• QUICK STUDY
What were the main arguments for establishing NAFTA?
What were the arguments against NAFTA?
What has the track record of NAFTA been?
Outline the goals of Mercosur. Why has it not fulfilled its promise to date?
Which are the main trading blocs in Asia and Africa?
Focus on Managerial Implications
LEARNING OBJECTIVE 5
Understand the implications for business that are inherent in regional economic integration agreements.
Currently, the most significant developments in regional economic integration are occurring in the EU and NAFTA. Although some of the Latin American trade blocs, ASEAN, and the proposed FTAA may have economic significance in the future, developments in the EU and NAFTA currently have more profound implications for business practice. Accordingly, in this section, we will concentrate on the business implications of those two groups. Similar conclusions, however, could be drawn with regard to the creation of a single market anywhere in the world.
The creation of a single market through regional economic integration offers significant opportunities because markets that were formerly protected from foreign competition are increasingly open. For example, in Europe before 1992, the large French and Italian markets were among the most protected. These markets are now much more open to foreign competition in the form of both exports and direct investment. Nonetheless, to fully exploit such opportunities, it may pay non-EU firms to set up EU subsidiaries. Many major U.S. firms have long had subsidiaries in Europe, and those that do not would be advised to consider establishing them, lest they run the risk of being shut out of the EU by nontariff barriers.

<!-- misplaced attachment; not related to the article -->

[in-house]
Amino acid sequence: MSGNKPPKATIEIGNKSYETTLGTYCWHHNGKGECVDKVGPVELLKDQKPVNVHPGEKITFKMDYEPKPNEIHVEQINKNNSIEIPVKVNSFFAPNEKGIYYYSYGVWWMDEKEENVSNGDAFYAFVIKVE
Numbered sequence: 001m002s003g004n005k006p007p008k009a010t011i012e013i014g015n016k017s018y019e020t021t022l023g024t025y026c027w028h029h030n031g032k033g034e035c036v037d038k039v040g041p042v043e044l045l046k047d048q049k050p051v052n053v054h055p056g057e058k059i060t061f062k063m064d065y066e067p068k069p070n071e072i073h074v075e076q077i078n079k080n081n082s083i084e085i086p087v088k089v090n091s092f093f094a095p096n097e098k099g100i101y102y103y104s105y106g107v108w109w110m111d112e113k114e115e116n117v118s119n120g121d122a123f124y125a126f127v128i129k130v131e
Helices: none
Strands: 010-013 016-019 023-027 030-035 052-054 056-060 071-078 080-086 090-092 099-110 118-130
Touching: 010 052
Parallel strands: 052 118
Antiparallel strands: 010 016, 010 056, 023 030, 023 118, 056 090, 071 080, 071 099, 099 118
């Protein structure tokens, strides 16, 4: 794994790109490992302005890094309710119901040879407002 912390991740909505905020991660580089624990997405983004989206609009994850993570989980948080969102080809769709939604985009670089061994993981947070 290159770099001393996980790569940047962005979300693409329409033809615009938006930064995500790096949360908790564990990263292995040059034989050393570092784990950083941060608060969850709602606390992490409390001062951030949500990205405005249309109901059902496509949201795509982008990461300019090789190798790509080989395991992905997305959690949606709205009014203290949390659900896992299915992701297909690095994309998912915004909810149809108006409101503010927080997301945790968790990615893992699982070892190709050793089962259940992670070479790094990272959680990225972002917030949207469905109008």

Additional opportunities arise from the inherent lower costs of doing business in a single market—as opposed to 27 national markets in the case of the EU or 3 national markets in the case of NAFTA. Free movement of goods across borders, harmonized product standards, and simplified tax regimes make it possible for firms based in the EU and the NAFTA countries to realize potentially significant cost economies by centralizing production in those EU and NAFTA locations where the mix of factor costs and skills is optimal. Rather than producing a product in each of the 27 EU countries or the 3 NAFTA countries, a firm may be able to serve the whole EU or North American market from a single location. This location must be chosen carefully, of course, with an eye on local factor costs and skills.
For example, in response to the changes created by EU after 1992, the St. Paul–based 3M Company consolidated its European manufacturing and distribution facilities to take advantage of economies of scale. Thus, a plant in Great Britain now produces 3M’s printing products and a German factory its reflective traffic control materials for all of the EU. In each case, 3M chose a location for centralized production after carefully considering the likely production costs in alternative locations within the EU. The ultimate goal of 3M is to dispense with all national distinctions, directing R&D, manufacturing, distribution, and marketing for each product group from an EU headquarters.41